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The World Through My Eyes

October 2, 2012

Dan Norris, Supervisor of Adult Services Vermont Association for the Blind and Visually Impaired, leads a blindfolded Sen. Bobby Starr through downtown Newport Monday, White Cane Awareness Day. Photo by Christopher Roy

NEWPORT CITY – A group of about 20 individuals – some blindfolded, some with white canes, some arm and arm – braved the elements to find their way around downtown Newport City Monday. They are members of PALS (Peer Assisted Learning and Support) for people who have visual impairments.
“We were trying to get education into the community about what the cane is all about and why we have the white cane,” explained PALS facilitator Harriet Hall.
Members from PALS walked with business owners, politicians, officials from Vermont’s North Country Chamber of Commerce and students from the North Country Career Center. While some of the volunteers wore blindfolds, others acted as their leaders. The group walked from the Emory Hebard State Office Building, across Main Street toward the intersection of Main and Second Street, to the Goodrich Memorial Library, past the municipal building and up to the intersection of Main and Third Street. From there they walked down Main Street to Central Street toward Coventry Street and back to the state office building.
“We wanted it to be a positive educational experience. We wanted everybody just to know about what it’s really like to be blind and visually impaired," said Hall.
One group went into a store where a visually impaired person indicated she was not welcome with a guide dog.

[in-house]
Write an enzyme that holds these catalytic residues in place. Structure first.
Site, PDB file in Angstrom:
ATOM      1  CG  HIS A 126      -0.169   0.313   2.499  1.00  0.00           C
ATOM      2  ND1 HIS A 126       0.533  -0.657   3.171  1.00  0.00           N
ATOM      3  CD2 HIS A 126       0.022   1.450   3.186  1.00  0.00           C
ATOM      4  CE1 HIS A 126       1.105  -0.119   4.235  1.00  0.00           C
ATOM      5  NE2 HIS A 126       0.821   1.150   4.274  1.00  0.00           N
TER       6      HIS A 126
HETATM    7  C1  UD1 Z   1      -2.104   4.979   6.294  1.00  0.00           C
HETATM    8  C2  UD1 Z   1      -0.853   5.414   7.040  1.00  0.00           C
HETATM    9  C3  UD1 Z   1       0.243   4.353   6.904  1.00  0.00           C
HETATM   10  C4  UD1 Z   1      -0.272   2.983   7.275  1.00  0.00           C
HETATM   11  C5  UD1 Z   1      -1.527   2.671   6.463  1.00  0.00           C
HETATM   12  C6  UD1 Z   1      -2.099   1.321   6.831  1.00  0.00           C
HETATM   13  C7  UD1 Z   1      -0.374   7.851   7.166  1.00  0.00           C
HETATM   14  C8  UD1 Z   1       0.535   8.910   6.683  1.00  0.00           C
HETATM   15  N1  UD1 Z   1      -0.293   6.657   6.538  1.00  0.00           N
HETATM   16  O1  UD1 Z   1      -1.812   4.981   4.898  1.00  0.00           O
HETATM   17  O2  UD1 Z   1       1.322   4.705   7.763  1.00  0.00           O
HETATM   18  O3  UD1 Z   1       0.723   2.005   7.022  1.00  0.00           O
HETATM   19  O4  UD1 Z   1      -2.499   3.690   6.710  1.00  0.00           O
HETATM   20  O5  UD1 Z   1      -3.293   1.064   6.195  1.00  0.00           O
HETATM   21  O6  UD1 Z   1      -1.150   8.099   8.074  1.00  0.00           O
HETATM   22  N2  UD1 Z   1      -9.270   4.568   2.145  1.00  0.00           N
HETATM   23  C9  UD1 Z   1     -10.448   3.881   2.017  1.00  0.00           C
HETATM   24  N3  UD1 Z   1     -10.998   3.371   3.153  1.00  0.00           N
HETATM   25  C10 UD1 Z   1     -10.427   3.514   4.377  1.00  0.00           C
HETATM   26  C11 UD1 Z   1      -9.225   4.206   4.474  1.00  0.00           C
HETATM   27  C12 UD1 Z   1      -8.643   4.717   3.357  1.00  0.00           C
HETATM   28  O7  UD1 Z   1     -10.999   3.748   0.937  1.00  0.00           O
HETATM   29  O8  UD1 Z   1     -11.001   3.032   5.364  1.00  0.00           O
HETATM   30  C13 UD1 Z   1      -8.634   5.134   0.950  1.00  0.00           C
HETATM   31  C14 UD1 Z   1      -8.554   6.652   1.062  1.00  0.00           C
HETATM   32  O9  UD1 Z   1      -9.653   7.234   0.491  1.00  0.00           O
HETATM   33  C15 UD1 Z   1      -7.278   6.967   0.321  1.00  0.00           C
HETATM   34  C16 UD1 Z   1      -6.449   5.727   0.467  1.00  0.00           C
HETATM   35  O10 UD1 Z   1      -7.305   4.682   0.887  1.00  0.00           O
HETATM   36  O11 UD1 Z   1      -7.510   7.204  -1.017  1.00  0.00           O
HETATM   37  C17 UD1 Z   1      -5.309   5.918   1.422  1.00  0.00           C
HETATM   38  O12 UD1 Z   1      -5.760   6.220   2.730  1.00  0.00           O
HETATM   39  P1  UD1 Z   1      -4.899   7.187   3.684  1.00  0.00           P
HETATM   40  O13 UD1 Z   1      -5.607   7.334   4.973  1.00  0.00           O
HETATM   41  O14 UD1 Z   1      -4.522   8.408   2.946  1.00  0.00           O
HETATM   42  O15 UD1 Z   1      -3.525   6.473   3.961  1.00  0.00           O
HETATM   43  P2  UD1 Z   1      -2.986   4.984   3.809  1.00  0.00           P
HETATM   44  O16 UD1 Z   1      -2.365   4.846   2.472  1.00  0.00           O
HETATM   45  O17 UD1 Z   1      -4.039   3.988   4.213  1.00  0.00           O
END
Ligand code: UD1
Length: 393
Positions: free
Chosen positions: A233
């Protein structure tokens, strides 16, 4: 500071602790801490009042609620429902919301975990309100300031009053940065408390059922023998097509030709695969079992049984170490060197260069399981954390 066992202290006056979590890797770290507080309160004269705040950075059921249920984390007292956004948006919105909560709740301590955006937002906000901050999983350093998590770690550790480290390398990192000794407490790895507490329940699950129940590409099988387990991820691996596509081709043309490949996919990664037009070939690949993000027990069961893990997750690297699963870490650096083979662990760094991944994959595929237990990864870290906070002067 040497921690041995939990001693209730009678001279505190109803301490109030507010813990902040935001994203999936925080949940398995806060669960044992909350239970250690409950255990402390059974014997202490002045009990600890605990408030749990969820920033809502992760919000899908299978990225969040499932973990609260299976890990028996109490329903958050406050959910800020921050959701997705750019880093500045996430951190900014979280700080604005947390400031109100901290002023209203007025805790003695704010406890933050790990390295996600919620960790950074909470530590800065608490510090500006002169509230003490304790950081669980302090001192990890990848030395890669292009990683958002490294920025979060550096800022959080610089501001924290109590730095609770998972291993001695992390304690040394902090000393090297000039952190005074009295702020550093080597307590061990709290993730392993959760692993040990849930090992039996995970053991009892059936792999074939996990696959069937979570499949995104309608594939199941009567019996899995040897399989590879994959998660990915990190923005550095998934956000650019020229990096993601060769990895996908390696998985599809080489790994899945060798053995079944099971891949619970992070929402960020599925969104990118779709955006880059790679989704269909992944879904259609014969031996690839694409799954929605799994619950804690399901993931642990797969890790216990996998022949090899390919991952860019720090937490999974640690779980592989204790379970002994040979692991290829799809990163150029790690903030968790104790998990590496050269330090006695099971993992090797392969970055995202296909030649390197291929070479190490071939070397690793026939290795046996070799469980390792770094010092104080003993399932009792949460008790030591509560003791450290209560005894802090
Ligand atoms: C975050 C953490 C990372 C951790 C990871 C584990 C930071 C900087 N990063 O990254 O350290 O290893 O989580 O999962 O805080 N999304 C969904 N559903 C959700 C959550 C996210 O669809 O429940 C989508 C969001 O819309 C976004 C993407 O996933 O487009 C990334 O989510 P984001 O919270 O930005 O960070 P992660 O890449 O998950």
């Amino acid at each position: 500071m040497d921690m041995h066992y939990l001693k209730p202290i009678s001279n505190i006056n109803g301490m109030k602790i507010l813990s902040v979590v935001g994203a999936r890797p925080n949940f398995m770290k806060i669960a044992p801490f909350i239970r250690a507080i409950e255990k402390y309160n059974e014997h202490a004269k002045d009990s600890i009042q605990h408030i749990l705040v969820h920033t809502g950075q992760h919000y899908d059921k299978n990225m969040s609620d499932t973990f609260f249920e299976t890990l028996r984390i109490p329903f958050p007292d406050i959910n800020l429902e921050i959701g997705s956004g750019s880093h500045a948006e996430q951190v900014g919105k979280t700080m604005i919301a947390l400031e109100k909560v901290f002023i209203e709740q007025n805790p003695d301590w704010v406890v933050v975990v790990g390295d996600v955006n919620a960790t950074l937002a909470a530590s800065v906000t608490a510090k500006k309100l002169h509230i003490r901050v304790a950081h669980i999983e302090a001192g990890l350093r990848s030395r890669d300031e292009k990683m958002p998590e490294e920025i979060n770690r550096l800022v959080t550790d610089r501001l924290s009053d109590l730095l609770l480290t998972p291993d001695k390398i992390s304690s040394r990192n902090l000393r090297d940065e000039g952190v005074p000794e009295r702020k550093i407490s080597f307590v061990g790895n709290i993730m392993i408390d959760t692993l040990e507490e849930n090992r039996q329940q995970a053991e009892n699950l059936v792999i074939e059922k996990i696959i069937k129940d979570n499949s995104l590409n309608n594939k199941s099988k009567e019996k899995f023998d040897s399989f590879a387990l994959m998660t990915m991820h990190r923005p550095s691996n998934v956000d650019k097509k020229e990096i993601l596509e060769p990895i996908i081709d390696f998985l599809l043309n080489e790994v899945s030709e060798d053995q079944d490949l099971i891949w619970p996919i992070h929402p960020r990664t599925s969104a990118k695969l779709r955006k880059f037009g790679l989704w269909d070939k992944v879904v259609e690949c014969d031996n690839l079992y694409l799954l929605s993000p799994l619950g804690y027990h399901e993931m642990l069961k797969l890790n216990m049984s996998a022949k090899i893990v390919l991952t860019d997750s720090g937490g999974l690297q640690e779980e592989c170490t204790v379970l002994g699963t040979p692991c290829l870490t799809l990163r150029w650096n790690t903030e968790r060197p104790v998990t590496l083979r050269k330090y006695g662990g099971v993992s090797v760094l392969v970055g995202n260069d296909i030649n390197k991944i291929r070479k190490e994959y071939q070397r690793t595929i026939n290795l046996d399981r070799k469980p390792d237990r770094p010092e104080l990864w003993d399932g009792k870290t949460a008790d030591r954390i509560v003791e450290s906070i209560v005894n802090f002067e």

“They said they knew they couldn’t keep us out, but said they didn’t want his hair on anything there,” recalled Carolyn Clapper of her previous visit to the store. “They made us stand by the door and not go in.”
That wasn’t the problem Monday and the same clerk was accommodating, Clapper said.
Sen. Bobby Starr of North Troy was one of the volunteers who wore a blindfold and carried a white cane. He called the walk itself challenging and his balance was off during the demonstration.
“It certainly gave me a different perspective of what these folks have to go through to get by,” said Starr. “Those of us who can see better feel very fortunate and try to make it better for folks with problems.”
Reynold Choinere knows the walk from both sides. Fourteen years ago, when he had vision, he participated in the walk as City Mayor. Monday he walked as a member of PALS. Choinere called the demonstration a great thing. 
“I don’t think anybody even realizes what it is not to have your sight,” said Choinere. 
Rep. Duncan Kilmartin of Newport City, who had participated in pervious demonstrations, said it’s really important for people to become aware of the obstacles. He said that intersections can be dangerous even for the people who know where they are because they’re not well marked. Kilmartin is pleased some areas will soon be safer, but would like to see more, which includes additional raised bumps in areas that don’t have them, plus signage for motorists.
Hall feels the volunteers received the message loud and clear. She also said it’s a good time to educate the community as Newport starts to see some significant changes. Hall would like to see a traffic light with an audio signal at the intersection of Main and Third Streets. She is also concerned that drivers are allowed to turn right on red by the Causeway and the Access Road.

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